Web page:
BalancEd Tech

thinkeringstudio - Jumpstarts - 53 views

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    Maker Ed - Genius Hour - Thinkering Studio Scaffolding for: - 3D Printing - Animation & Stop Motion - Digital Photography - Digital Video - Electronics - Game Making - Guitar - Podcasting - Programming - and more
elsjekool

Paul Ford: What is Code? | Bloomberg - 35 views

  • There are keynote speakers—often the people who created the technology at hand or crafted a given language. There are the regular speakers, often paid not at all or in airfare, who present some idea or technique or approach. Then there are the panels, where a group of people are lined up in a row and forced into some semblance of interaction while the audience checks its e-mail.
  • Fewer than a fifth of undergraduate degrees in computer science awarded in 2012 went to women, according to the National Center for Women & Information Technology
  • The average programmer is moderately diligent, capable of basic mathematics, has a working knowledge of one or more programming languages, and can communicate what he or she is doing to management and his or her peers
  • ...16 more annotations...
  • The true measure of a language isn’t how it uses semicolons; it’s the standard library of each language. A language is software for making software. The standard library is a set of premade software that you can reuse and reapply.
  • A coder needs to be able to quickly examine and identify which giant, complex library is the one that’s the most recently and actively updated and the best match for his or her current needs. A coder needs to be a good listener.
  • Code isn’t just obscure commands in a file. It requires you to have a map in your head, to know where the good libraries, the best documentation, and the most helpful message boards are located. If you don’t know where those things are, you will spend all of your time searching, instead of building cool new things.
  • Some tools are better for certain jobs.
  • C is a simple language, simple like a shotgun that can blow off your foot. It allows you to manage every last part of a computer—the memory, files, a hard drive—which is great if you’re meticulous and dangerous if you’re sloppy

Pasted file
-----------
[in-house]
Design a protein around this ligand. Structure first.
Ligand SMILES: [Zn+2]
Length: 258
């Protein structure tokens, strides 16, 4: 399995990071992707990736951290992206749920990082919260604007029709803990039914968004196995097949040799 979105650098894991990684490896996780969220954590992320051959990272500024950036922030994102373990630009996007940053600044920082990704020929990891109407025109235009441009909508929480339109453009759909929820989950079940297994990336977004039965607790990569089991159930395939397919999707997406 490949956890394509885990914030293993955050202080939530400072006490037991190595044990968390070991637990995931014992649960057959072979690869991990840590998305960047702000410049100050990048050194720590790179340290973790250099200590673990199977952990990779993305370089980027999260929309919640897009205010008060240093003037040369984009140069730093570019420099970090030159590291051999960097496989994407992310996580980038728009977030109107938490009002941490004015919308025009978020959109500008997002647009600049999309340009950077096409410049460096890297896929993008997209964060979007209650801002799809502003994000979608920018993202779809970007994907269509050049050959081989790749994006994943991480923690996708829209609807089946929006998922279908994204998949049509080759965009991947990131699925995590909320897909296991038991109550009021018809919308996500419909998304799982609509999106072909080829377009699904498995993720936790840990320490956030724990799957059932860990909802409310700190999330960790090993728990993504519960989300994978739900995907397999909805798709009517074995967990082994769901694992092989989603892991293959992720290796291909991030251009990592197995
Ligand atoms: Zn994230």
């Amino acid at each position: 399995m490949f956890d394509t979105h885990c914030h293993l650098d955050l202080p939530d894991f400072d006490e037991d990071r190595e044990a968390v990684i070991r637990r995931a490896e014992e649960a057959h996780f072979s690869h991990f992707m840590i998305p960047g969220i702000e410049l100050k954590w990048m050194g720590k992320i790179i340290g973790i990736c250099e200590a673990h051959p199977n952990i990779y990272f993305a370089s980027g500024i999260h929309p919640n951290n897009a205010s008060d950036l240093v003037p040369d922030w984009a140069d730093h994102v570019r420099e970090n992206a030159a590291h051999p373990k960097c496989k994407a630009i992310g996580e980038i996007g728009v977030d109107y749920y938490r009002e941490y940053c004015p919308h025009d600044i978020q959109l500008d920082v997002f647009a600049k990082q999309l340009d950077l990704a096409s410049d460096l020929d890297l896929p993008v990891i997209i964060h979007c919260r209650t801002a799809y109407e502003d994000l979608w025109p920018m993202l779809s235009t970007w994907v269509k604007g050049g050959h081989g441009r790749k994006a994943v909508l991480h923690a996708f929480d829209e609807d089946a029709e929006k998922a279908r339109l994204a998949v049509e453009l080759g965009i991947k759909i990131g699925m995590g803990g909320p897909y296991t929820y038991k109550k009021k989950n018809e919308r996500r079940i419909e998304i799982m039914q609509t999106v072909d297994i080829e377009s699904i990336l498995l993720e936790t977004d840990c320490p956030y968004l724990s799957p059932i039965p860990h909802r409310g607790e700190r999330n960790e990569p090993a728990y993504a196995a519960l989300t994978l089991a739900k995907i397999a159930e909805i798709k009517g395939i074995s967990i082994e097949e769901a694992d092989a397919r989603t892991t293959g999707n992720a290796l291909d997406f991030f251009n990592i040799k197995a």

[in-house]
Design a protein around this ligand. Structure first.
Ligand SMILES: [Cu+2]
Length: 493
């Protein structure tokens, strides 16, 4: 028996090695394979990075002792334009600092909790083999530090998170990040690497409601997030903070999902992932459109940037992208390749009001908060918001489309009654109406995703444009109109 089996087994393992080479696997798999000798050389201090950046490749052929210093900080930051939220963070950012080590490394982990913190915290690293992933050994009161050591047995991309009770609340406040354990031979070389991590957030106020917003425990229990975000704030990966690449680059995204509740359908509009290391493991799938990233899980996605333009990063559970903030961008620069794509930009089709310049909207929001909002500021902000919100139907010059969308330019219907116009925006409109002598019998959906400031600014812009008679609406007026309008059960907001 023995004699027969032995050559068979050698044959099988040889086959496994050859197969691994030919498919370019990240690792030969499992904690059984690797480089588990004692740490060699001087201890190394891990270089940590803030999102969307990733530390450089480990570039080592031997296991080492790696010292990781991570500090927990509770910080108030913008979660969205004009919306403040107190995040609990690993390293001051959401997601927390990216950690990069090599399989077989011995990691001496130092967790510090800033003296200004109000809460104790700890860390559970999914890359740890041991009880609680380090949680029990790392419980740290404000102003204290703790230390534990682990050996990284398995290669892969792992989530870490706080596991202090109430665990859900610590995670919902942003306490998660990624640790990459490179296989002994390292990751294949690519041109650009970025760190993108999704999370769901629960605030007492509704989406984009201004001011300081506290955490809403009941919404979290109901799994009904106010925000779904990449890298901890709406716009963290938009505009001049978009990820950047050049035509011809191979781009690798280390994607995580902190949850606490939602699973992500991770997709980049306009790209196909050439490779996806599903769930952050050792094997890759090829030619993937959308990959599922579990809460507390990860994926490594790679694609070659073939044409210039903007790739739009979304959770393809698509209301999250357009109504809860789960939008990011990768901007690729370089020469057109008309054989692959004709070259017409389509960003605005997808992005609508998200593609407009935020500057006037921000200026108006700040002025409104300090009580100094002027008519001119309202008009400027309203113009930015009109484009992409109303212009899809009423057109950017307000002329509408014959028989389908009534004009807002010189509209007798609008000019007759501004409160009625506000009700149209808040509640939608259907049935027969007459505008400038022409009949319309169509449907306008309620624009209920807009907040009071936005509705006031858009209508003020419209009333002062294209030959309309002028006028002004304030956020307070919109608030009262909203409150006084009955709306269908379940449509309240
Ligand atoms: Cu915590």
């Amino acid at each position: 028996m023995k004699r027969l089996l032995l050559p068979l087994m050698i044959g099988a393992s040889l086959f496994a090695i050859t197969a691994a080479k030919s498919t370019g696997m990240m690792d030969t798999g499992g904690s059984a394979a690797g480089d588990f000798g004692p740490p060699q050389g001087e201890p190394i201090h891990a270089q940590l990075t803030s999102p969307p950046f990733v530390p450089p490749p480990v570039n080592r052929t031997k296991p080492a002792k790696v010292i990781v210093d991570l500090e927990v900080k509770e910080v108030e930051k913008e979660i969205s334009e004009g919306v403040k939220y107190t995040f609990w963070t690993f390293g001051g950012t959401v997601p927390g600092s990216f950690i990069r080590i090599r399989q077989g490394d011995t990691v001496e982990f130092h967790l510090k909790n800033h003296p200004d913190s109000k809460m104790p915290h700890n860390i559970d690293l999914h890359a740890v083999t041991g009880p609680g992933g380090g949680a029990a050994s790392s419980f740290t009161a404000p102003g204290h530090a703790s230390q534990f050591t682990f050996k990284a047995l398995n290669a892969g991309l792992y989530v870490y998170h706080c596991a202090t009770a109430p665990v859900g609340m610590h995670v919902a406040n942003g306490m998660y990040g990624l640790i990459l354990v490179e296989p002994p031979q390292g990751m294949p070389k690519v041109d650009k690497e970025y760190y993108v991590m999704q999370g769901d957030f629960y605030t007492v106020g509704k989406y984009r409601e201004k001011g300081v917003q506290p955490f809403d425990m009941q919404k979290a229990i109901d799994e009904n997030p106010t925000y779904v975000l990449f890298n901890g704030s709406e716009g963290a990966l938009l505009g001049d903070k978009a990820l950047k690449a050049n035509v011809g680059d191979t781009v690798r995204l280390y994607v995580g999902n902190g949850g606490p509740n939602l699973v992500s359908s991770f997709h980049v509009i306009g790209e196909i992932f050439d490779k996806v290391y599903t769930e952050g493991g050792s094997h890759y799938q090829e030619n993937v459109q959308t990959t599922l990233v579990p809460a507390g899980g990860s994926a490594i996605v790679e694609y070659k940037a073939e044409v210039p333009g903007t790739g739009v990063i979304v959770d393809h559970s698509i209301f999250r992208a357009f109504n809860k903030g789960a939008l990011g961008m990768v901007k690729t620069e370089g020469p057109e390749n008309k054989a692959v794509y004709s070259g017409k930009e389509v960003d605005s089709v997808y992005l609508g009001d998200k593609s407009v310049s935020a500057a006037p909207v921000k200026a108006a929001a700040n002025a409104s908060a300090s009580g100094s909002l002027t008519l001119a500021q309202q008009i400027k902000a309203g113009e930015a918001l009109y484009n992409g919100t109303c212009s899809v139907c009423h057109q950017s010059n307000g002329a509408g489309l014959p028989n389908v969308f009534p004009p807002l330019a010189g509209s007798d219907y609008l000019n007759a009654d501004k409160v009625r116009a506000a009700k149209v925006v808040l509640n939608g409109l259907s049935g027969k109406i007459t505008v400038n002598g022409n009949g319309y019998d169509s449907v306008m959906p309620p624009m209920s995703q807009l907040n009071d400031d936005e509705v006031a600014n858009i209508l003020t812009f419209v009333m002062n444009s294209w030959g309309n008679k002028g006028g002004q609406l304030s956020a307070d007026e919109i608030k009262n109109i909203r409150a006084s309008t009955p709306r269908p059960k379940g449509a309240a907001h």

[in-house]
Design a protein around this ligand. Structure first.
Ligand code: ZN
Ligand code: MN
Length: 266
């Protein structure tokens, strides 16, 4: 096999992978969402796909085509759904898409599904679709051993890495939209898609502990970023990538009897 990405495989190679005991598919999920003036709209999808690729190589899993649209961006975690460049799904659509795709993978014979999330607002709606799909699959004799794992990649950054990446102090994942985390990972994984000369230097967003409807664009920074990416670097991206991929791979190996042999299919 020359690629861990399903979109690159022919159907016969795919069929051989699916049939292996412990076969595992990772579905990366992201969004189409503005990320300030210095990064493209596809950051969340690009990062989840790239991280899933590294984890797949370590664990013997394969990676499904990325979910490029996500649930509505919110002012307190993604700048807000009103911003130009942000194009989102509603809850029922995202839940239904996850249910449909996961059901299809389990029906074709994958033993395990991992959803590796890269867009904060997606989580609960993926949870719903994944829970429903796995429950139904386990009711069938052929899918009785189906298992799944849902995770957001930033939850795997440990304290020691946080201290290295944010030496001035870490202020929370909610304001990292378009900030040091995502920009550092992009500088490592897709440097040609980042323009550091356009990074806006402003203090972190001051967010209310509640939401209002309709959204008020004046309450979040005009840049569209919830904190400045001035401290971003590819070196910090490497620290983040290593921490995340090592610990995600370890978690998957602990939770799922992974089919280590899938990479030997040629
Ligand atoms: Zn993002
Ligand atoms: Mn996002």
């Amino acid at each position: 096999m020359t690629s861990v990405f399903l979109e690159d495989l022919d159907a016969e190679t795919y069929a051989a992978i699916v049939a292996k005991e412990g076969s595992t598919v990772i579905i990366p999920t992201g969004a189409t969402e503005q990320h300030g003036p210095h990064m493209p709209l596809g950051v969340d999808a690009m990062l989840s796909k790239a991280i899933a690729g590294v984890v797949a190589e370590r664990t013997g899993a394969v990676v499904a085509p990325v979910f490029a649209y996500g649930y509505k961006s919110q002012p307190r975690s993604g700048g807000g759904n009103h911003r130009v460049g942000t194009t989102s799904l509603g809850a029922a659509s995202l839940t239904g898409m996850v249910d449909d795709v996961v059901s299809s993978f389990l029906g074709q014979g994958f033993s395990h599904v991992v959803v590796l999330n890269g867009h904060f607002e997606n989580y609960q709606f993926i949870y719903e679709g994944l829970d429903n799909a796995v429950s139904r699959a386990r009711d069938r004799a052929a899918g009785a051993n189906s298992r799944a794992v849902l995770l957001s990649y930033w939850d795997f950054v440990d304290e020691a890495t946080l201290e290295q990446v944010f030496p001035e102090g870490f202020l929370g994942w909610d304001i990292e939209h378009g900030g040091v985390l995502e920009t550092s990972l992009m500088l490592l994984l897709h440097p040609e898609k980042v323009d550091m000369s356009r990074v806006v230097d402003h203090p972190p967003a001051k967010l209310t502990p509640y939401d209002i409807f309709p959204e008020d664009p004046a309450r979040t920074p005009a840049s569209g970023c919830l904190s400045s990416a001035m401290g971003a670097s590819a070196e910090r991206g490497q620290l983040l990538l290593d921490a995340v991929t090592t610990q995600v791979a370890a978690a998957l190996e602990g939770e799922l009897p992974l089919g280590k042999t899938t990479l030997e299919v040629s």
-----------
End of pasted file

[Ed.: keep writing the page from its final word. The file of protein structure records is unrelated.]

• Object-oriented programming is, at its essence, a filing system for code.
  • Where C tried to make it easier to do computer things, Smalltalk tried to make it easier to do human things.
  • Style and usage matter; sometimes programmers recommend Strunk & White’s The Elements of Style—that’s right, the one about the English language. Its focus on efficient usage resonates with programmers. The idiom of a language is part of its communal identity.
  • Coding is a culture of blurters.
  • Programmers carve out a sliver of cognitive territory for themselves and go to conferences, and yet they know their position is vulnerable.
  • Programmers are often angry because they’re often scared.
  • Programming is a task that rewards intense focus and can be done with a small group or even in isolation.
  • For a truly gifted programmer, writing code is a side effect of thought
  • As a class, programmers are easily bored, love novelty, and are obsessed with various forms of productivity enhancement.
  • “Most programming languages are partly a way of expressing things in terms of other things and partly a basic set of given things.”
  • Of course, while we were trying to build a bookstore, we actually built the death of bookstores—that seems to happen a lot in the business. You set out to do something cool and end up destroying lots of things that came before.
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    A lengthy but worthy read for all non-programmers on code.
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    Explains code
Deborah Baillesderr

MAD-learn | Learn Mobile App Development - 28 views

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    Enable your students to be creators of Technology